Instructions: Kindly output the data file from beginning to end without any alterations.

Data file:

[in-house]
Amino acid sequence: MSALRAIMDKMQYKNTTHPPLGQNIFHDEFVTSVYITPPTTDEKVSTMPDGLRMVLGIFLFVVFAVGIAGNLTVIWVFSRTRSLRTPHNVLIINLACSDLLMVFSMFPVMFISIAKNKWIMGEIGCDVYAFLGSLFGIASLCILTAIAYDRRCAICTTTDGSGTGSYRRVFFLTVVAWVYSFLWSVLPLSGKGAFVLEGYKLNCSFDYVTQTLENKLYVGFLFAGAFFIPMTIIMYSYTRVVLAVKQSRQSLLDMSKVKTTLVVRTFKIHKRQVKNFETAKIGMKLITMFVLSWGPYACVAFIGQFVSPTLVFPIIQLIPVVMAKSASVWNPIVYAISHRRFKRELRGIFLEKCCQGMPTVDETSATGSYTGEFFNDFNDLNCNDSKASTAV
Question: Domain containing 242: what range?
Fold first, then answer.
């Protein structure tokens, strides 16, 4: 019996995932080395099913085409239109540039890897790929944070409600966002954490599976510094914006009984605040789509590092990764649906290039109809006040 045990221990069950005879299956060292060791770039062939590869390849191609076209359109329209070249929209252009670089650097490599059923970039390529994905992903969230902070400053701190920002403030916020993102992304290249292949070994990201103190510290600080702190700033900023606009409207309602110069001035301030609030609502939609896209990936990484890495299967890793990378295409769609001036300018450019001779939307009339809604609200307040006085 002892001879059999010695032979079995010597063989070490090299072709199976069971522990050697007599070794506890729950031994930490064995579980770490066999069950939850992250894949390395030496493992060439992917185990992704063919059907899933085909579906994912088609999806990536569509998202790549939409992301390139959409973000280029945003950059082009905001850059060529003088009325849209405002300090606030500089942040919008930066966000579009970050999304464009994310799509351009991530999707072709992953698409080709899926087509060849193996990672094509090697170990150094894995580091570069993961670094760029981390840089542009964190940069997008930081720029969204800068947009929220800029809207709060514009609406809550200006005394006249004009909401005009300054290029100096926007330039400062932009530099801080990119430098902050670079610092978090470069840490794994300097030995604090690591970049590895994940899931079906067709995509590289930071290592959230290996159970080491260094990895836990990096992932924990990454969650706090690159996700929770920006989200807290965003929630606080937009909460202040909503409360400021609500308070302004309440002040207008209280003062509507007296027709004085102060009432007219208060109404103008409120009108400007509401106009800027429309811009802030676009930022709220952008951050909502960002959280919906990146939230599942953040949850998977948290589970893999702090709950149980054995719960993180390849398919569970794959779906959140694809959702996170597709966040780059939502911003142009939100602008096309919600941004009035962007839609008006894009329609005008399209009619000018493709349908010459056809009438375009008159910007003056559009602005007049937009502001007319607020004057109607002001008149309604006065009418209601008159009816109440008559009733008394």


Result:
[in-house]
Amino acid sequence: MSALRAIMDKMQYKNTTHPPLGQNIFHDEFVTSVYITPPTTDEKVSTMPDGLRMVLGIFLFVVFAVGIAGNLTVIWVFSRTRSLRTPHNVLIINLACSDLLMVFSMFPVMFISIAKNKWIMGEIGCDVYAFLGSLFGIASLCILTAIAYDRRCAICTTTDGSGTGSYRRVFFLTVVAWVYSFLWSVLPLSGKGAFVLEGYKLNCSFDYVTQTLENKLYVGFLFAGAFFIPMTIIMYSYTRVVLAVKQSRQSLLDMSKVKTTLVVRTFKIHKRQVKNFETAKIGMKLITMFVLSWGPYACVAFIGQFVSPTLVFPIIQLIPVVMAKSASVWNPIVYAISHRRFKRELRGIFLEKCCQGMPTVDETSATGSYTGEFFNDFNDLNCNDSKASTAV
Question: Domain containing 242: what range?
Fold first, then answer.
């Protein structure tokens, strides 16, 4: 019996995932080395099913085409239109540039890897790929944070409600966002954490599976510094914006009984605040789509590092990764649906290039109809006040 045990221990069950005879299956060292060791770039062939590869390849191609076209359109329209070249929209252009670089650097490599059923970039390529994905992903969230902070400053701190920002403030916020993102992304290249292949070994990201103190510290600080702190700033900023606009409207309602110069001035301030609030609502939609896209990936990484890495299967890793990378295409769609001036300018450019001779939307009339809604609200307040006085 002892001879059999010695032979079995010597063989070490090299072709199976069971522990050697007599070794506890729950031994930490064995579980770490066999069950939850992250894949390395030496493992060439992917185990992704063919059907899933085909579906994912088609999806990536569509998202790549939409992301390139959409973000280029945003950059082009905001850059060529003088009325849209405002300090606030500089942040919008930066966000579009970050999304464009994310799509351009991530999707072709992953698409080709899926087509060849193996990672094509090697170990150094894995580091570069993961670094760029981390840089542009964190940069997008930081720029969204800068947009929220800029809207709060514009609406809550200006005394006249004009909401005009300054290029100096926007330039400062932009530099801080990119430098902050670079610092978090470069840490794994300097030995604090690591970049590895994940899931079906067709995509590289930071290592959230290996159970080491260094990895836990990096992932924990990454969650706090690159996700929770920006989200807290965003929630606080937009909460202040909503409360400021609500308070302004309440002040207008209280003062509507007296027709004085102060009432007219208060109404103008409120009108400007509401106009800027429309811009802030676009930022709220952008951050909502960002959280919906990146939230599942953040949850998977948290589970893999702090709950149980054995719960993180390849398919569970794959779906959140694809959702996170597709966040780059939502911003142009939100602008096309919600941004009035962007839609008006894009329609005008399209009619000018493709349908010459056809009438375009008159910007003056559009602005007049937009502001007319607020004057109607002001008149309604006065009418209601008159009816109440008559009733008394």